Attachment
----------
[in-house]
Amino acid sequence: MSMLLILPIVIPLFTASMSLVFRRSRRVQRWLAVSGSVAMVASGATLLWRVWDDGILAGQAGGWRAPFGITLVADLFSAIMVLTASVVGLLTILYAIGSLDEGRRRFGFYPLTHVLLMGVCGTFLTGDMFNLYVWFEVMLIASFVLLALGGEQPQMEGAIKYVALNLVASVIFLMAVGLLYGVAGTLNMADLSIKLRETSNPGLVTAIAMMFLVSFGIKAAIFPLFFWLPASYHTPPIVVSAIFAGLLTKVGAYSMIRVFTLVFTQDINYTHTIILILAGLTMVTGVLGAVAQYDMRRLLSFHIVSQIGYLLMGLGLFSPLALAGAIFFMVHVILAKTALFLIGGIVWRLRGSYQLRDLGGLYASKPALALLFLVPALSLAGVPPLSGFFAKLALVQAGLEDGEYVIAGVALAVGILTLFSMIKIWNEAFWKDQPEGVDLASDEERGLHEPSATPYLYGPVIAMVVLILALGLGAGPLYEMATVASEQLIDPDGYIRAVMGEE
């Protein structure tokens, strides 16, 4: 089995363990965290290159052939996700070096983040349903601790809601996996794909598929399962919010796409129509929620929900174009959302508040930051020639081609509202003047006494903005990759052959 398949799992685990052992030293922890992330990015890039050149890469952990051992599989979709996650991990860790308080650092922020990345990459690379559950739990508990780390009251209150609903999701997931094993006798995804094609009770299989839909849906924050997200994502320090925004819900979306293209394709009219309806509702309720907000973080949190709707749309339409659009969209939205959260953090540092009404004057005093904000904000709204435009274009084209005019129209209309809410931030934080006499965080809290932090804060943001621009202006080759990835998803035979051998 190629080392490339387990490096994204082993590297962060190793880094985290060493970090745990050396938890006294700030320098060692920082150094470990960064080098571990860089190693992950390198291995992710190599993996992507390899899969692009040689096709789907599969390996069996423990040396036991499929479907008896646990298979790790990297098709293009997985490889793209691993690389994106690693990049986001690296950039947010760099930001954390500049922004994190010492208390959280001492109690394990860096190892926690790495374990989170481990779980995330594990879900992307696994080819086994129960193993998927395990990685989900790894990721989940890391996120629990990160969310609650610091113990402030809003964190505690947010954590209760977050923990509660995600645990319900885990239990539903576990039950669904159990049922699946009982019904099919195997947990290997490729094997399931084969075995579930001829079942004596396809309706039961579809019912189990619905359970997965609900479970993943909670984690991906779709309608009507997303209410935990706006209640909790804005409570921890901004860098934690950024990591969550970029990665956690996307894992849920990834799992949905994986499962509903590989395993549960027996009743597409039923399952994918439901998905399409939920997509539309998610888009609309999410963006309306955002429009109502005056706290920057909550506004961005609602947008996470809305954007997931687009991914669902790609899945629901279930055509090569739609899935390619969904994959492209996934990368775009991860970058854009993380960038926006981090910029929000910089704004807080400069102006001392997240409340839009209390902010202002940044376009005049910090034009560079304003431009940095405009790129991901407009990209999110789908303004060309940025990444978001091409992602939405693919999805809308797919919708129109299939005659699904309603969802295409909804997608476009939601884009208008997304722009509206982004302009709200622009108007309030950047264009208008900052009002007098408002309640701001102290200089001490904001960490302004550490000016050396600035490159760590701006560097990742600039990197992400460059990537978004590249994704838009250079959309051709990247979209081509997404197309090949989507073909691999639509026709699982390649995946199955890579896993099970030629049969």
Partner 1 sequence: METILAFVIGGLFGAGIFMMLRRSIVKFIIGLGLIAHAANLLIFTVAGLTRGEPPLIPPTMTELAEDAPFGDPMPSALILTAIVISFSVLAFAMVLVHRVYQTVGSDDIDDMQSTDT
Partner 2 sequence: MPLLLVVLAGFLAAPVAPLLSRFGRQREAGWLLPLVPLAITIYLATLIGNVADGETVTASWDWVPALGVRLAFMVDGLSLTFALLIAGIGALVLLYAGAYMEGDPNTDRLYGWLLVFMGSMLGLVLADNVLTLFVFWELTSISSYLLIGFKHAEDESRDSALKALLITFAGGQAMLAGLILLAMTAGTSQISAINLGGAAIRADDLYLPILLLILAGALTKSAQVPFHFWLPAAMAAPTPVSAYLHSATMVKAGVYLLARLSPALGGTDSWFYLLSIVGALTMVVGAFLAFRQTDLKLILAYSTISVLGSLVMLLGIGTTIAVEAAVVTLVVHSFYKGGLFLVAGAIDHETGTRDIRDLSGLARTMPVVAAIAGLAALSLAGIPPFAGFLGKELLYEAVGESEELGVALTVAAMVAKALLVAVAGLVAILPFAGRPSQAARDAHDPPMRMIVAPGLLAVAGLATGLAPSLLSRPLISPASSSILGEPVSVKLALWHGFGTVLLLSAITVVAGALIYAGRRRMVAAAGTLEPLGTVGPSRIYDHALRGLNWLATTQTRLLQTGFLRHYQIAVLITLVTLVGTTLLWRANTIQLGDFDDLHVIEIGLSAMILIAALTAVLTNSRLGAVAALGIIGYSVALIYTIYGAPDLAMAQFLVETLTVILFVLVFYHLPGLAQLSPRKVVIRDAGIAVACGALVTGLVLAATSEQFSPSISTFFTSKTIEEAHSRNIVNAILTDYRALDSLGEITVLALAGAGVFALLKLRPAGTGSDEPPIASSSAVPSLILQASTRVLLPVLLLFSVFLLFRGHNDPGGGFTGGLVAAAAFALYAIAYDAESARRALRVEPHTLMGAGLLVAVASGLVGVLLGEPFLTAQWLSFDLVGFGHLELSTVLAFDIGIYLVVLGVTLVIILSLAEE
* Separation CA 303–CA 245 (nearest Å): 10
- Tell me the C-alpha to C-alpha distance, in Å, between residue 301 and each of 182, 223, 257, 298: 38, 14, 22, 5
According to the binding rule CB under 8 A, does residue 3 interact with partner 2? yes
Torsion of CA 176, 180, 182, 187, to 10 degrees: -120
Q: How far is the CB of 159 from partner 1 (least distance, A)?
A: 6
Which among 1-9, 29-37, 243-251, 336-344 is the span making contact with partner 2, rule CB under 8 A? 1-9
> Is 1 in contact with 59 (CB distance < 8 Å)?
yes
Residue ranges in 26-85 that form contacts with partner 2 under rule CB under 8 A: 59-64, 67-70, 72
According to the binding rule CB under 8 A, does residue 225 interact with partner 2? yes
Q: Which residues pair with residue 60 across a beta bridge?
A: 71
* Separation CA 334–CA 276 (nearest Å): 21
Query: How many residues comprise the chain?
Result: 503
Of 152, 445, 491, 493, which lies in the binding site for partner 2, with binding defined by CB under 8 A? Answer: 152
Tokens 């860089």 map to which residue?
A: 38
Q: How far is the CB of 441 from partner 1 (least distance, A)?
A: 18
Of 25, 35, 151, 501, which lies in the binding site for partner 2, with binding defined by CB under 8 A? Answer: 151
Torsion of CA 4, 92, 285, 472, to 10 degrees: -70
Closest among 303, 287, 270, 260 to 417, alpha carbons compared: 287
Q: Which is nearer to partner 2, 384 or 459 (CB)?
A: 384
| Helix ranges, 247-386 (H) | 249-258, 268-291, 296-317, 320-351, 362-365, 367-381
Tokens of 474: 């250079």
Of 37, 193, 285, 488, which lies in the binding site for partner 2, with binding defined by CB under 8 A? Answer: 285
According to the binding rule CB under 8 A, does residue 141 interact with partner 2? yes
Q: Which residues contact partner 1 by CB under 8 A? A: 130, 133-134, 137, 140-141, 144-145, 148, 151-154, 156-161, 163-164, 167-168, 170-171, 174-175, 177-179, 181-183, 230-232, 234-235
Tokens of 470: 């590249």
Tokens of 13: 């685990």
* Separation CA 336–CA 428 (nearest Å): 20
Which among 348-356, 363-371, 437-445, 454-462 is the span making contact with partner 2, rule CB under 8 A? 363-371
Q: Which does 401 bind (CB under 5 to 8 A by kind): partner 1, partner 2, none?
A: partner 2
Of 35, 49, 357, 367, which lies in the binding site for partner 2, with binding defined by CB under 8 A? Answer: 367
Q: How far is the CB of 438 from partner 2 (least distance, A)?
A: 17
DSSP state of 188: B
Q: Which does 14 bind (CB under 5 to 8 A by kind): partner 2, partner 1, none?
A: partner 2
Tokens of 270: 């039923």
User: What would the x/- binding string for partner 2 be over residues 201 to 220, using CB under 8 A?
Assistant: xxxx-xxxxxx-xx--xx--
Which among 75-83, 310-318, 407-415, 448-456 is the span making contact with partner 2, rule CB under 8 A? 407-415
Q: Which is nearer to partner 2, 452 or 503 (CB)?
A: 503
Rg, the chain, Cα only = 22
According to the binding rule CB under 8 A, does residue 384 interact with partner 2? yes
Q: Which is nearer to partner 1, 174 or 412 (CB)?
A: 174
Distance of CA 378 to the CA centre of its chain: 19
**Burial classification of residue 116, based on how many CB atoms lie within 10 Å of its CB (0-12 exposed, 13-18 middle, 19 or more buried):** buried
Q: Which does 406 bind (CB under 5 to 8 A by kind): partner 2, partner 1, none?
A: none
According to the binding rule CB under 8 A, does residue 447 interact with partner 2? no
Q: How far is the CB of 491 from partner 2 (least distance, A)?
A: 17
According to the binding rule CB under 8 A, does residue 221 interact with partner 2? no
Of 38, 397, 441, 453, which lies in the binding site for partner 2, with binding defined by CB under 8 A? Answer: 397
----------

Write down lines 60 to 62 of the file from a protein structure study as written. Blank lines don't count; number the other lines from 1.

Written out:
**Burial classification of residue 116, based on how many CB atoms lie within 10 Å of its CB (0-12 exposed, 13-18 middle, 19 or more buried):** buried
Q: Which does 406 bind (CB under 5 to 8 A by kind): partner 2, partner 1, none?
A: none